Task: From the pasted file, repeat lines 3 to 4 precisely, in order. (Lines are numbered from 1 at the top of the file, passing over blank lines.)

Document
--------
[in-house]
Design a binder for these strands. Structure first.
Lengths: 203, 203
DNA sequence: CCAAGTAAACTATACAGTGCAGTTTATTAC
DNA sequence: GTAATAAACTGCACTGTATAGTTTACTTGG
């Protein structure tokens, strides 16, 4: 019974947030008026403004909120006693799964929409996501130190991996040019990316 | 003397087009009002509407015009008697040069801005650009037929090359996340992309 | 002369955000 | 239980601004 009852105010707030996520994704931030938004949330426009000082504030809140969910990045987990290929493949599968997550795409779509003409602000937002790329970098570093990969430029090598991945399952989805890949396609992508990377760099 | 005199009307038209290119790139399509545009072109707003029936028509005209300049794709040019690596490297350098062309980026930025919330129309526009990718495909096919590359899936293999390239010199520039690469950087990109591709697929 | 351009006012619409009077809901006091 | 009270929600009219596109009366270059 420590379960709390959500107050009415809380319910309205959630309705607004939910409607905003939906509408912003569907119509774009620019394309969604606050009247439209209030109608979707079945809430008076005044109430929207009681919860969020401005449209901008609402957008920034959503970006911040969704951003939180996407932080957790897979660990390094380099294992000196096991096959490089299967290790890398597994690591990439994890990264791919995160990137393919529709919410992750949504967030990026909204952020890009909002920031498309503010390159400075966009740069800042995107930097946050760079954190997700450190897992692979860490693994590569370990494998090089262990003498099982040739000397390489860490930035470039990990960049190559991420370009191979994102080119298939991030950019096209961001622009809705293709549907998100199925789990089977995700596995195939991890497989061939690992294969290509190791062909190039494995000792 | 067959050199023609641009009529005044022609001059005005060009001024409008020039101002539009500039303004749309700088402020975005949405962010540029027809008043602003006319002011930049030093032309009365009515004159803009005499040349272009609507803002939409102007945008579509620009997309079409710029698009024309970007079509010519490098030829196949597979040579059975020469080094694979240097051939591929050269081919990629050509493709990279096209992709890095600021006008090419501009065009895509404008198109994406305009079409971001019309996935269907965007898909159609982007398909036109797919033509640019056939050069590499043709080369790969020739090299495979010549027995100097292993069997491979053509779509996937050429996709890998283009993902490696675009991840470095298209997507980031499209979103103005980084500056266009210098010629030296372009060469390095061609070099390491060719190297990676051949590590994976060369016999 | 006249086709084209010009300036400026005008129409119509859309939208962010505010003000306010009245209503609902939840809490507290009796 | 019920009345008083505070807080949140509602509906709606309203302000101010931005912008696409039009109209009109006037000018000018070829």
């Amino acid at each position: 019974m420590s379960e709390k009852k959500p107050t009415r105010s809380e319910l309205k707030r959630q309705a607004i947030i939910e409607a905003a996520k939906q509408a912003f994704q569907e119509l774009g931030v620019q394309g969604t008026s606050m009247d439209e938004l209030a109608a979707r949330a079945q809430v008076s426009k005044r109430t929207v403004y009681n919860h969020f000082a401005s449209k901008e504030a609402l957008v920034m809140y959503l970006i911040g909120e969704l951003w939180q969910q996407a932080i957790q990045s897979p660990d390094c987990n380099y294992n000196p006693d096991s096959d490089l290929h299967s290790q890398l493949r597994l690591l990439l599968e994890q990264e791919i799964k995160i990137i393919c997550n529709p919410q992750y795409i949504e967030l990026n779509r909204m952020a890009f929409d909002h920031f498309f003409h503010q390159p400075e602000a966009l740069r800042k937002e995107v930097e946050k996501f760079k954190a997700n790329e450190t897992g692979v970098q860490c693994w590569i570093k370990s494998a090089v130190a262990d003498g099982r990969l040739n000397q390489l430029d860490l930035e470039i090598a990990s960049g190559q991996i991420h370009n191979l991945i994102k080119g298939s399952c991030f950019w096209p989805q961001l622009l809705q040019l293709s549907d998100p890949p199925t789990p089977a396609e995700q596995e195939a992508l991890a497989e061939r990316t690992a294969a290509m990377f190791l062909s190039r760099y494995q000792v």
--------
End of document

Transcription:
Lengths: 203, 203
DNA sequence: CCAAGTAAACTATACAGTGCAGTTTATTAC